asking people what they think (I)

this is only a small splinter off my much larger soapbox of “why don’t we ask a multitude of stakeholders at all levels what they think and why they think x program did/not work?” but… check it out.

instead of channeling the world’s poorest citizens through malfunctioning microphones, I am proposing a radical, yet extremely simple, approach. let’s just ask them. not through some kind of “inclusive” process where a handful of token representatives have a chance to speak their minds. no, that is hardly better than what’s currently on the table. we should ask the masses directly.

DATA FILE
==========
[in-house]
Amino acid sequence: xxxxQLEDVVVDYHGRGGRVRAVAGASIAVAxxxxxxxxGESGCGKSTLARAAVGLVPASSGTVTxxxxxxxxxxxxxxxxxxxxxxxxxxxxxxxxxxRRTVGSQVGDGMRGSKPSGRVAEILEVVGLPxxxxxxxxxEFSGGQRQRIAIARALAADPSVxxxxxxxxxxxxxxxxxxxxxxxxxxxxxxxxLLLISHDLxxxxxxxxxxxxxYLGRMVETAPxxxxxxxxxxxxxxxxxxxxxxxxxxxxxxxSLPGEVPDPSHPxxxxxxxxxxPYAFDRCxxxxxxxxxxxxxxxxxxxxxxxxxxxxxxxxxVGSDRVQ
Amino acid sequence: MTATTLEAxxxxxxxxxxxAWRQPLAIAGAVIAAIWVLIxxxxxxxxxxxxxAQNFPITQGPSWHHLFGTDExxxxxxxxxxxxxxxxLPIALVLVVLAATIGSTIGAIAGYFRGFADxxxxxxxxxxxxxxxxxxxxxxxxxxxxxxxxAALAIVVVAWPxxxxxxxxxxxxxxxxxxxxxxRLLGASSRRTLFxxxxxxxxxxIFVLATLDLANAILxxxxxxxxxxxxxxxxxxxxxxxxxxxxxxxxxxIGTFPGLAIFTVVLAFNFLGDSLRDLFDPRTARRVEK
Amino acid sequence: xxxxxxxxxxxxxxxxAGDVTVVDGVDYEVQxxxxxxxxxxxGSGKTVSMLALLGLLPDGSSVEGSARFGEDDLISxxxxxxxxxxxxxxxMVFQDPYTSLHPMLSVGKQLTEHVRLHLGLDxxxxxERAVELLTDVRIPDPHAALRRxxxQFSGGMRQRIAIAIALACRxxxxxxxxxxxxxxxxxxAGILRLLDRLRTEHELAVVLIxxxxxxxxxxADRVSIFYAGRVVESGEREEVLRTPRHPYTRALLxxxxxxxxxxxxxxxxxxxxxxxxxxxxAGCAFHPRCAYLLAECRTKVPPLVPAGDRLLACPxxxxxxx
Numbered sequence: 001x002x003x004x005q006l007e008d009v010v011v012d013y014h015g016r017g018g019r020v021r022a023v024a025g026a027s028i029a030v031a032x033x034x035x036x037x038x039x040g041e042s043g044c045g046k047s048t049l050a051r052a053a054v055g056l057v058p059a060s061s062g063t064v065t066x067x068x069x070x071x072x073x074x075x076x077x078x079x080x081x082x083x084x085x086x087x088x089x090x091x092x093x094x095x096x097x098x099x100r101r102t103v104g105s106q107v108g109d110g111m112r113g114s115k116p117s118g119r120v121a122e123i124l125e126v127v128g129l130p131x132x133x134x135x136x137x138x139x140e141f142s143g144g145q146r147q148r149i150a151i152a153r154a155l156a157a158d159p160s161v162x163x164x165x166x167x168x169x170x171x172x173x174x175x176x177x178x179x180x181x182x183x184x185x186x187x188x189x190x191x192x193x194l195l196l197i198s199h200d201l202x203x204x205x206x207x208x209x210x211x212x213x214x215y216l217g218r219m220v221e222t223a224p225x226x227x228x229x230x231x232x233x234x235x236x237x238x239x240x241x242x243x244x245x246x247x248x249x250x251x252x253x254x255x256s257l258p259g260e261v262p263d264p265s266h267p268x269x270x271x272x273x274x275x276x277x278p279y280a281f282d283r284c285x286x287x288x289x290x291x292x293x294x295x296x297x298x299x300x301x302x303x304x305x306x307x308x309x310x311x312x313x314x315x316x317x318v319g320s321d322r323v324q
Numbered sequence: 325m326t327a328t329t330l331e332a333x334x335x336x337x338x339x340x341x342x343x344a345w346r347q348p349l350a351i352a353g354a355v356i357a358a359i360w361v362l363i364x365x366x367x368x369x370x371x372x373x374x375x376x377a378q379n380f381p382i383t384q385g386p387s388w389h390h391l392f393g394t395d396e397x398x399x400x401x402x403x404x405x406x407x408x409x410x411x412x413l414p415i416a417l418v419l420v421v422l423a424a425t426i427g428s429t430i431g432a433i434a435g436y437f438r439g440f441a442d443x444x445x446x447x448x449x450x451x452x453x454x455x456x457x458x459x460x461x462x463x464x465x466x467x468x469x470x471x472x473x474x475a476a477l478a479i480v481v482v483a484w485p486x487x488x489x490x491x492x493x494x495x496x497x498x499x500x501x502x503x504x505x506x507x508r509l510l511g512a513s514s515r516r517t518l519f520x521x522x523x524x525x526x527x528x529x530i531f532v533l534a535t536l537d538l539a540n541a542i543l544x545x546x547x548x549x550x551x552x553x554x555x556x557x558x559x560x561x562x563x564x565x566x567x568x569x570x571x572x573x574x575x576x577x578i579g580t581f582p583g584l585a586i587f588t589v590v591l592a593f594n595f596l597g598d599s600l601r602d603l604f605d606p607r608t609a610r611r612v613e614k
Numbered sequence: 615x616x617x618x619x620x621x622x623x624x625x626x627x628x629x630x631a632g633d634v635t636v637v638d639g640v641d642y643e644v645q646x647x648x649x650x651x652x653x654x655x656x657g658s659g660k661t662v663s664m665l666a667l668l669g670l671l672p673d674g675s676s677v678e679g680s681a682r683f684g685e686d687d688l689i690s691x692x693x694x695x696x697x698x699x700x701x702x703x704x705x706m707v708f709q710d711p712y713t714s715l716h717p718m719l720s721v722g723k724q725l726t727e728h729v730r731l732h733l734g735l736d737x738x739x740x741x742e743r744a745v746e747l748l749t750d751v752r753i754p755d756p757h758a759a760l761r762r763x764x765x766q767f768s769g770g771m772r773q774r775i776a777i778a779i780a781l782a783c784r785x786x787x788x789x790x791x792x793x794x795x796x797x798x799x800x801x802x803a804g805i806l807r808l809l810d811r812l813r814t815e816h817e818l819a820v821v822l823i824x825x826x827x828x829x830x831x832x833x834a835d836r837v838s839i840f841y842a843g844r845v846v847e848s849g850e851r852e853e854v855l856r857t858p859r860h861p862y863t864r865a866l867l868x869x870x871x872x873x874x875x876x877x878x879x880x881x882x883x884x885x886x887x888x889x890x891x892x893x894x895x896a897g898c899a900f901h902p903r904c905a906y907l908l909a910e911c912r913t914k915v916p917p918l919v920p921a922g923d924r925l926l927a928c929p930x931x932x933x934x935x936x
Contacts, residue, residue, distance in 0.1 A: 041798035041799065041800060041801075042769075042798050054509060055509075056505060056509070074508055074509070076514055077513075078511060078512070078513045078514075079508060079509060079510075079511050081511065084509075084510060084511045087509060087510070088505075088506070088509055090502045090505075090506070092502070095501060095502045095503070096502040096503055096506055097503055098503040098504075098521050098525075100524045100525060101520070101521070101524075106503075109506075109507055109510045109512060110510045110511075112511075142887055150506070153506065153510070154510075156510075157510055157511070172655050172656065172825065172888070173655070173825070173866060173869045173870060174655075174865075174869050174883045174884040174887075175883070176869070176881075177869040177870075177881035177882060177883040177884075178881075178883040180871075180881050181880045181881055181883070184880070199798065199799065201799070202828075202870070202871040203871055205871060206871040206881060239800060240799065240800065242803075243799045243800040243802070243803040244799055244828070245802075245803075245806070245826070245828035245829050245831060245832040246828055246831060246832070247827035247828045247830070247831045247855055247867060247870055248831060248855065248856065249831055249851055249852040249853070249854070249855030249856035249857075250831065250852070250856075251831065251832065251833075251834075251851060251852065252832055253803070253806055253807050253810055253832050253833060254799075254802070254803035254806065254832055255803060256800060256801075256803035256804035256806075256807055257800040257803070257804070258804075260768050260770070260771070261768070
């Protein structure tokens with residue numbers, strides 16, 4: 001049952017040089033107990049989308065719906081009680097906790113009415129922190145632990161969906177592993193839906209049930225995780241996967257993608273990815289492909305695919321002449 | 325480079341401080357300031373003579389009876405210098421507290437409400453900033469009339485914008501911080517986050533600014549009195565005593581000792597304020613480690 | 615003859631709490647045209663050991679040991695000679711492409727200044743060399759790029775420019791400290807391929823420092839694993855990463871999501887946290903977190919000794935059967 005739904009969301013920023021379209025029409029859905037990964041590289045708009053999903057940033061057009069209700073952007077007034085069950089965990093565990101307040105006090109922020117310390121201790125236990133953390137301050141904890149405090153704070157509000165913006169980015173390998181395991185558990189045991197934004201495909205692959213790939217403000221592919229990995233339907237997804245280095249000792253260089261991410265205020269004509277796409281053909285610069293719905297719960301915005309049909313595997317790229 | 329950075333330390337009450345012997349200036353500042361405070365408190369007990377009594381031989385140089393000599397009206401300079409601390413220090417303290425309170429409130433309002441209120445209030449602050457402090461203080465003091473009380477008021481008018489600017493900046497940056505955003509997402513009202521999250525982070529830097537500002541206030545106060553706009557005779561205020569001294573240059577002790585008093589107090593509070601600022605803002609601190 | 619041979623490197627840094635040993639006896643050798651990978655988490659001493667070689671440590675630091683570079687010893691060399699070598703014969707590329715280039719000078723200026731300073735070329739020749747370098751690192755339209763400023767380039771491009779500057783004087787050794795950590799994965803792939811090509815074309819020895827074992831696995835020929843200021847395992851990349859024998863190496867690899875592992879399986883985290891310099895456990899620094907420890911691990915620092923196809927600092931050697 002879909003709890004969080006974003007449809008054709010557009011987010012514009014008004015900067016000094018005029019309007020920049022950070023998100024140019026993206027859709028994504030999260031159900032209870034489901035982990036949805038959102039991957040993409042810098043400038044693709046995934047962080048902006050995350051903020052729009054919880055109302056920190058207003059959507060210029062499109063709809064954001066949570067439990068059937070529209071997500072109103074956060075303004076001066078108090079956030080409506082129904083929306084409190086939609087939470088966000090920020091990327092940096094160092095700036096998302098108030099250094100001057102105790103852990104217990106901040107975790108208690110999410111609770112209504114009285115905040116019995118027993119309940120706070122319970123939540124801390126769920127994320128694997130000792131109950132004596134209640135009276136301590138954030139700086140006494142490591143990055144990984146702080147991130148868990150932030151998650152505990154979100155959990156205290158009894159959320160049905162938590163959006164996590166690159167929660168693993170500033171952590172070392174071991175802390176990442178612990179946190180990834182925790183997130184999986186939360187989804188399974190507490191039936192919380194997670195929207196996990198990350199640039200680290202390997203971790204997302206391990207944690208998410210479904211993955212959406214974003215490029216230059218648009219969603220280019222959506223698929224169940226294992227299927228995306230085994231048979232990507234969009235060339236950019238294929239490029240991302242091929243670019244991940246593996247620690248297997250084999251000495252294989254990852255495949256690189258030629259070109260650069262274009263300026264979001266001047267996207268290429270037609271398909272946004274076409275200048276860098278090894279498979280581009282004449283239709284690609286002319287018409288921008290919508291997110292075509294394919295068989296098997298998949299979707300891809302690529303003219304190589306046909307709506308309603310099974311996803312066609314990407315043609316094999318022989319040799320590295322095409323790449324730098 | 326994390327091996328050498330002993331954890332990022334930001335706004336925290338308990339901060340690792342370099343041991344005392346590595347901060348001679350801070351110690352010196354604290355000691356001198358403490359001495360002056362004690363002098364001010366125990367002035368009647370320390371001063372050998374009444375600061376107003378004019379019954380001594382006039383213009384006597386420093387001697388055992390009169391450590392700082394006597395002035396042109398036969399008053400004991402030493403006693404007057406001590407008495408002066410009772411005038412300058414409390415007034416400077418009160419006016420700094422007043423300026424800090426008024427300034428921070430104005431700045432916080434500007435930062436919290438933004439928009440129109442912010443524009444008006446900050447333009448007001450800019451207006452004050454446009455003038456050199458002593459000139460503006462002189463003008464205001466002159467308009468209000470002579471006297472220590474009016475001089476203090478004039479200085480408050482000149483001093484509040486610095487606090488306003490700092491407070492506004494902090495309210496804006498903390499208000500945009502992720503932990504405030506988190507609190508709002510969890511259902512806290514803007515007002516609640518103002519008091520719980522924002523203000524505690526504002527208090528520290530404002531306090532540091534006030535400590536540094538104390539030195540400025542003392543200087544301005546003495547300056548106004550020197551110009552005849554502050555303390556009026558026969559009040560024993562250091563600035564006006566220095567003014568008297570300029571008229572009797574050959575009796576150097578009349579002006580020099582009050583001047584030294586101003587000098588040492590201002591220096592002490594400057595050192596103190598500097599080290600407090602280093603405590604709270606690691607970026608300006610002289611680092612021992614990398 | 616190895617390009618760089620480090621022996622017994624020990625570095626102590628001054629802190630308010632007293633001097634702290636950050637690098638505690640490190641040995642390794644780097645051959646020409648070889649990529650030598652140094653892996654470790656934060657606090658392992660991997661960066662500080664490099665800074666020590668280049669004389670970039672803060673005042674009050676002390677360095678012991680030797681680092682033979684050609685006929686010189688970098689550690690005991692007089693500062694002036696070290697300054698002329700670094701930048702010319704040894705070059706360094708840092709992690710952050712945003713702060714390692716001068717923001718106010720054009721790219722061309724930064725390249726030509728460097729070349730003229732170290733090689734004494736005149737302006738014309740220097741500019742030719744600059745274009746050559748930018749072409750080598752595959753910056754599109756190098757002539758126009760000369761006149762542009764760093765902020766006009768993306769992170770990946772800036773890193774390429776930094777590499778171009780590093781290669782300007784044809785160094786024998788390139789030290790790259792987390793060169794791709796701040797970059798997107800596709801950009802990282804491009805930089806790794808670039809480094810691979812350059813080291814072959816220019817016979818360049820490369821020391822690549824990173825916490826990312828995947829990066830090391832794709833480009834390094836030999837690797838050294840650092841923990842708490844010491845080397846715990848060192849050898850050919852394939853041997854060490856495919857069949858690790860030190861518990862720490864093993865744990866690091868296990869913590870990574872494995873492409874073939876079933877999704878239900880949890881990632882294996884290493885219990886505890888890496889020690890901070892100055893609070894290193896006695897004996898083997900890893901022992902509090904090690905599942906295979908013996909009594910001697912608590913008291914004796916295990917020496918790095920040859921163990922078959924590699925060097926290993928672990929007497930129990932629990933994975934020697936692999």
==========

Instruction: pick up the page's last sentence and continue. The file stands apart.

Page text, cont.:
organizations like Afrobarometer already do this in sub-Saharan Africa. their surveys ask households across the demographic spectrum to state their most pressing concerns. And, some of their responses might surprise you. for example, poor infrastructure (e.g. roads and power) is the biggest concern for roughly one in five households in sub-Saharan Africa. just one in 20 say that health is their biggest concern, while education is even less important. who would have known? we need to build upon these existing efforts with a more targeted survey specifically for the MDGs 2.0 debate – which would be standardized across the developing world.

sign me up.